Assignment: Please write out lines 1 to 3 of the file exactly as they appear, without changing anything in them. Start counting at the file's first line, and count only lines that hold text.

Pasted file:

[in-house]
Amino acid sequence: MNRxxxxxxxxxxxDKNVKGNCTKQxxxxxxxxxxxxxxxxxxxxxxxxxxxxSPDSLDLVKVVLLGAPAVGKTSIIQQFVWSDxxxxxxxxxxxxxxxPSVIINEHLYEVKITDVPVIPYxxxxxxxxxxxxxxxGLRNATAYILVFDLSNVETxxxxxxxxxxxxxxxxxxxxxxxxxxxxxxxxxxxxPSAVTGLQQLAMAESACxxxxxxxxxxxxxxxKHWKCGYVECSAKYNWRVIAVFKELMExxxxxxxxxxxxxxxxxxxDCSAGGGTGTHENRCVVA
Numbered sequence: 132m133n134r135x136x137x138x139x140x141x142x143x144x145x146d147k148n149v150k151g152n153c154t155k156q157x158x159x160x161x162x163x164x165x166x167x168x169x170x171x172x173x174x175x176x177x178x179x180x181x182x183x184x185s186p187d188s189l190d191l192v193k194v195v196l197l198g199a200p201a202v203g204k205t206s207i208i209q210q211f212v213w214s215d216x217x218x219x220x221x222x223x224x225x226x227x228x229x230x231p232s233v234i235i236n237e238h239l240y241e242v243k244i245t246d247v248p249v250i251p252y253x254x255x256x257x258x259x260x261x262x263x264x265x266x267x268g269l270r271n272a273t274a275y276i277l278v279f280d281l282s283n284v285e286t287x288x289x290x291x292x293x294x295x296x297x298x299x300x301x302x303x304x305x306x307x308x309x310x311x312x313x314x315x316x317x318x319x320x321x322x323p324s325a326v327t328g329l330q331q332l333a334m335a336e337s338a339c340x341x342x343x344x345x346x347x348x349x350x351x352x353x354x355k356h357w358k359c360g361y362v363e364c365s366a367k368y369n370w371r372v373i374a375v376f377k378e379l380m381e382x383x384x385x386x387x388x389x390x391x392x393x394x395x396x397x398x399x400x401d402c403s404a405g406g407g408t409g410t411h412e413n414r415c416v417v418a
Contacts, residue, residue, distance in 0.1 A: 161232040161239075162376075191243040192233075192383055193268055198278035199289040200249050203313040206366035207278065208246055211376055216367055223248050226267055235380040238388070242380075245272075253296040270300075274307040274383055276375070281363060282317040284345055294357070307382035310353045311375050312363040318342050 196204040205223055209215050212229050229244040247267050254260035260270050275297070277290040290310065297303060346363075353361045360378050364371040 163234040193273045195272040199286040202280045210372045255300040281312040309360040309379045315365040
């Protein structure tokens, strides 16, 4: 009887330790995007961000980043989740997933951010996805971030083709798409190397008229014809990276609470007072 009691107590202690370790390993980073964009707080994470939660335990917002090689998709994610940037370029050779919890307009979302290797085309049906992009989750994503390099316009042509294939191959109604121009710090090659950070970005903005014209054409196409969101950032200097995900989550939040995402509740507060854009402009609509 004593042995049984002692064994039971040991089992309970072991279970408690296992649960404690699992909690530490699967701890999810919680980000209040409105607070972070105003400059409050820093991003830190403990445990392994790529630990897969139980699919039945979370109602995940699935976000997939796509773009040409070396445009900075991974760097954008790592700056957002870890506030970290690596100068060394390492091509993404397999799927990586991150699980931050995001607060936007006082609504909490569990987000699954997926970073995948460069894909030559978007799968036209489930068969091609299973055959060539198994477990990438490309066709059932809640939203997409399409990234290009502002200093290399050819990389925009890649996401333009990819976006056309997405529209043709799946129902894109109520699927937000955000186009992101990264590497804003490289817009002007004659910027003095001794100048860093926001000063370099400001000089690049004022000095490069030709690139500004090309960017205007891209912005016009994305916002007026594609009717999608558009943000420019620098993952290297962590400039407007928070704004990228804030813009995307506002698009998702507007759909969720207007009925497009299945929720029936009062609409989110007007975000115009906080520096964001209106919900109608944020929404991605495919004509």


[in-house]
Amino acid sequence: MNRxxxxxxxxxxxDKNVKGNCTKQxxxxxxxxxxxxxxxxxxxxxxxxxxxxSPDSLDLVKVVLLGAPAVGKTSIIQQFVWSDxxxxxxxxxxxxxxxPSVIINEHLYEVKITDVPVIPYxxxxxxxxxxxxxxxGLRNATAYILVFDLSNVETxxxxxxxxxxxxxxxxxxxxxxxxxxxxxxxxxxxxPSAVTGLQQLAMAESACxxxxxxxxxxxxxxxKHWKCGYVECSAKYNWRVIAVFKELMExxxxxxxxxxxxxxxxxxxDCSAGGGTGTHENRCVVA
Numbered sequence: 132m133n134r135x136x137x138x139x140x141x142x143x144x145x146d147k148n149v150k151g152n153c154t155k156q157x158x159x160x161x162x163x164x165x166x167x168x169x170x171x172x173x174x175x176x177x178x179x180x181x182x183x184x185s186p187d188s189l190d191l192v193k194v195v196l197l198g199a200p201a202v203g204k205t206s207i208i209q210q211f212v213w214s215d216x217x218x219x220x221x222x223x224x225x226x227x228x229x230x231p232s233v234i235i236n237e238h239l240y241e242v243k244i245t246d247v248p249v250i251p252y253x254x255x256x257x258x259x260x261x262x263x264x265x266x267x268g269l270r271n272a273t274a275y276i277l278v279f280d281l282s283n284v285e286t287x288x289x290x291x292x293x294x295x296x297x298x299x300x301x302x303x304x305x306x307x308x309x310x311x312x313x314x315x316x317x318x319x320x321x322x323p324s325a326v327t328g329l330q331q332l333a334m335a336e337s338a339c340x341x342x343x344x345x346x347x348x349x350x351x352x353x354x355k356h357w358k359c360g361y362v363e364c365s366a367k368y369n370w371r372v373i374a375v376f377k378e379l380m381e382x383x384x385x386x387x388x389x390x391x392x393x394x395x396x397x398x399x400x401d402c403s404a405g406g407g408t409g410t411h412e413n414r415c416v417v418a